MOSCOW — As industrialisation and urbanisation enable the Asian economy to develop faster than ever before, the centre of world consumption is quickly shifting east to Asia. Among the Asian economies, China has emerged as the largest energy consumer given its tremendous development in manufacturing and infrastructure. Today, China’s share in the world’s energy consumption has reached 30% and continues to grow. This growth needs to be supported not only by resources from within China, but also by efficient energy solutions provided by China’s neighbours.
Russia is closer to China than any of the world’s major energy suppliers. While it takes 35 days to deliver commodities from Brazil to Shanghai by sea, more than 20 days from South Africa, and more than two weeks from Australia, it takes only one day to deliver commodities from Eastern Siberia to China by rail via Mongolia, or 4-8 days to Shanghai from Russia’s eastern ports like Vanino.
While rapid growth presents great opportunities for China, it also creates some challenges which are not to be ignored. In 2011, the country’s electricity consumption increased by almost 11% and most of that was generated by coal, a major source of greenhouse gases. Of the 1000 GW of China’s installed capacity, more than 700 GW is coal-fired, roughly double the size of the US’ coal-fired power generation and 15 times that of the UK. The high proportion of coal-fired power results in the country consuming over 2.7 billion tonnes of coal each year and ultimately makes China the world’s largest producer of greenhouse gases.
China’s future coal consumption is estimated to increase steadily by a total of 1.21 billion tonnes from 2008 to 2015. China is very much aware of the challenge and has promised to reduce emissions. To deliver these cuts, China is replacing older coal-fired stations and is a leader in carbon-capture technology. Last year, China became the largest producer of electricity by wind farms. This is admirable, but it is not enough. The country needs to seek other clean solutions for its energy sector, and Russia can provide a potential answer.
An important resource that Russia has is hydro-energy. It has the second-largest hydro-energy resources potential globally – Russia can generate more than 800 TWh per annum, more than 75% of the total power consumption in the country in 2010. Russia’s hydro potential is only 20% developed, and the most undeveloped part is in Eastern Siberia and the Far East, close to China.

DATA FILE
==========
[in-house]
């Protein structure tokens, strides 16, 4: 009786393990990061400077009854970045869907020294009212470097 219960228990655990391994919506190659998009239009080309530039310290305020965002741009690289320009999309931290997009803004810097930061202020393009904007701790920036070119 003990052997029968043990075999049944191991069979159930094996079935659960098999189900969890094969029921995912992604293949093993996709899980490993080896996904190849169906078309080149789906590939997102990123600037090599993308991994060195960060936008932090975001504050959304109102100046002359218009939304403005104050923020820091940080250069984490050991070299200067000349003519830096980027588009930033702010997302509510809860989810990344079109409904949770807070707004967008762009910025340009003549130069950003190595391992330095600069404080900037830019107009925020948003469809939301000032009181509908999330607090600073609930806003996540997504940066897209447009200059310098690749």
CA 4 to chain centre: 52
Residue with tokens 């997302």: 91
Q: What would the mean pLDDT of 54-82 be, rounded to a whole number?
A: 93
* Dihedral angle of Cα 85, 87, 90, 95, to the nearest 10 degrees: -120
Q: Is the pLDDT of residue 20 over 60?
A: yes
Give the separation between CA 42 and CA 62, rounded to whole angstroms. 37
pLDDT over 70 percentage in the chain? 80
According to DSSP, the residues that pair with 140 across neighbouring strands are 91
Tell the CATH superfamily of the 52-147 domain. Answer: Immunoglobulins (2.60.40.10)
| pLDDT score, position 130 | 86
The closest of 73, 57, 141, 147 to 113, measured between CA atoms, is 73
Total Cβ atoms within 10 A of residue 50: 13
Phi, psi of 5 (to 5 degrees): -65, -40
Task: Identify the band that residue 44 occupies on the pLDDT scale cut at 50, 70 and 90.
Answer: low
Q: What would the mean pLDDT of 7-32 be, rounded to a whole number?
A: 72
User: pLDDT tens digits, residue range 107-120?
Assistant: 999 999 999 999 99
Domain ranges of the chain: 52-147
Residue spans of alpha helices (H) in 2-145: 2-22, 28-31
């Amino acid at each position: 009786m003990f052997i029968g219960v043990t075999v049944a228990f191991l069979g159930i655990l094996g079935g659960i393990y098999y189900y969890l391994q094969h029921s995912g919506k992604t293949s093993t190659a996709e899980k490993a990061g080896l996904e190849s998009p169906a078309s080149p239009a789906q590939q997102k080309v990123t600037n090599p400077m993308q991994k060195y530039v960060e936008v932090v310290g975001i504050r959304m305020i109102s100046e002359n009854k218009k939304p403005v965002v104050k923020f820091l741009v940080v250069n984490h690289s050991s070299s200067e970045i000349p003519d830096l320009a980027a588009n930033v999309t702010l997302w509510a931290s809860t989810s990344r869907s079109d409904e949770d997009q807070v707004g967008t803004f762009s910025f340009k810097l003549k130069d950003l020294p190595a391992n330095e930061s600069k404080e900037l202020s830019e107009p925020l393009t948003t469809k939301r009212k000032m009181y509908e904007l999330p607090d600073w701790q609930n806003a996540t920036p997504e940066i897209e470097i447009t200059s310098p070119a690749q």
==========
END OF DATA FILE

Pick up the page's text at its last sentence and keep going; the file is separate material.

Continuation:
Importing Siberian hydro power to China would reduce the pressure on the environment by displacing the construction of fossil-fuelled plant. Hydro is also ideal for meeting peak capacity requirements and major fluctuations in demand. Furthermore, it can be brought on-line in minutes, avoiding the need to keep coal power stations producing surplus energy, and emissions, 24 hours a day.
While the benefit of Russia and China energy cooperation is clear, such development is still being hindered by a number of obstacles. For example, the current lack of energy infrastructure holds back electricity transportation between Russia and China. There is a need to establish a well-developed energy infrastructure, which will enable the development of new mineral deposits, as well as long distance electricity transportation and export to China.
Nonetheless, the future for energy cooperation between China and Russia remains undeniably bright. Both countries recognise their mutual relationship in terms of energy supply and demand, and energy companies from both countries are keen to tap the rich opportunities. And with the establishment of improved energy infrastructure, the true potential of China and Russia to co-operate on energy front will be released.
Lead image: Hydro dam via Shutterstock